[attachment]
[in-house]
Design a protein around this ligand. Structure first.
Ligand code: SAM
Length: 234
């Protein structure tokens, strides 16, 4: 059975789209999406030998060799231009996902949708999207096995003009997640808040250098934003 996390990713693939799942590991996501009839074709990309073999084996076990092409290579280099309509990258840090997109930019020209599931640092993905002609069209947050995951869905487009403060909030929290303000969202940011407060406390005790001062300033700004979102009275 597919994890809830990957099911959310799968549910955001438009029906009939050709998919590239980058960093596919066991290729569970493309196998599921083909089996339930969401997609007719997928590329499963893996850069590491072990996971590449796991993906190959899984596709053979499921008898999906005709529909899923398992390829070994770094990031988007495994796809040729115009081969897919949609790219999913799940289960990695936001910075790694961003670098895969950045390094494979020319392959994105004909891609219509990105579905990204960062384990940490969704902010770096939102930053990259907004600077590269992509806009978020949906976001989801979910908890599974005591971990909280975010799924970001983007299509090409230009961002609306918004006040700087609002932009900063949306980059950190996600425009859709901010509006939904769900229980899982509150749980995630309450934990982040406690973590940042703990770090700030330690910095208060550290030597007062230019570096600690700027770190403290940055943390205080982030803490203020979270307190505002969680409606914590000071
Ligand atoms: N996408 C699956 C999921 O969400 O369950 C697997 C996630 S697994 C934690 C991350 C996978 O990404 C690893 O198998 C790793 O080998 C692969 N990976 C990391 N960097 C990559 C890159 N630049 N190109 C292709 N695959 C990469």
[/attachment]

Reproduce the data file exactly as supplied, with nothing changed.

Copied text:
[in-house]
Design a protein around this ligand. Structure first.
Ligand code: SAM
Length: 234
């Protein structure tokens, strides 16, 4: 059975789209999406030998060799231009996902949708999207096995003009997640808040250098934003 996390990713693939799942590991996501009839074709990309073999084996076990092409290579280099309509990258840090997109930019020209599931640092993905002609069209947050995951869905487009403060909030929290303000969202940011407060406390005790001062300033700004979102009275 597919994890809830990957099911959310799968549910955001438009029906009939050709998919590239980058960093596919066991290729569970493309196998599921083909089996339930969401997609007719997928590329499963893996850069590491072990996971590449796991993906190959899984596709053979499921008898999906005709529909899923398992390829070994770094990031988007495994796809040729115009081969897919949609790219999913799940289960990695936001910075790694961003670098895969950045390094494979020319392959994105004909891609219509990105579905990204960062384990940490969704902010770096939102930053990259907004600077590269992509806009978020949906976001989801979910908890599974005591971990909280975010799924970001983007299509090409230009961002609306918004006040700087609002932009900063949306980059950190996600425009859709901010509006939904769900229980899982509150749980995630309450934990982040406690973590940042703990770090700030330690910095208060550290030597007062230019570096600690700027770190403290940055943390205080982030803490203020979270307190505002969680409606914590000071
Ligand atoms: N996408 C699956 C999921 O969400 O369950 C697997 C996630 S697994 C934690 C991350 C996978 O990404 C690893 O198998 C790793 O080998 C692969 N990976 C990391 N960097 C990559 C890159 N630049 N190109 C292709 N695959 C990469």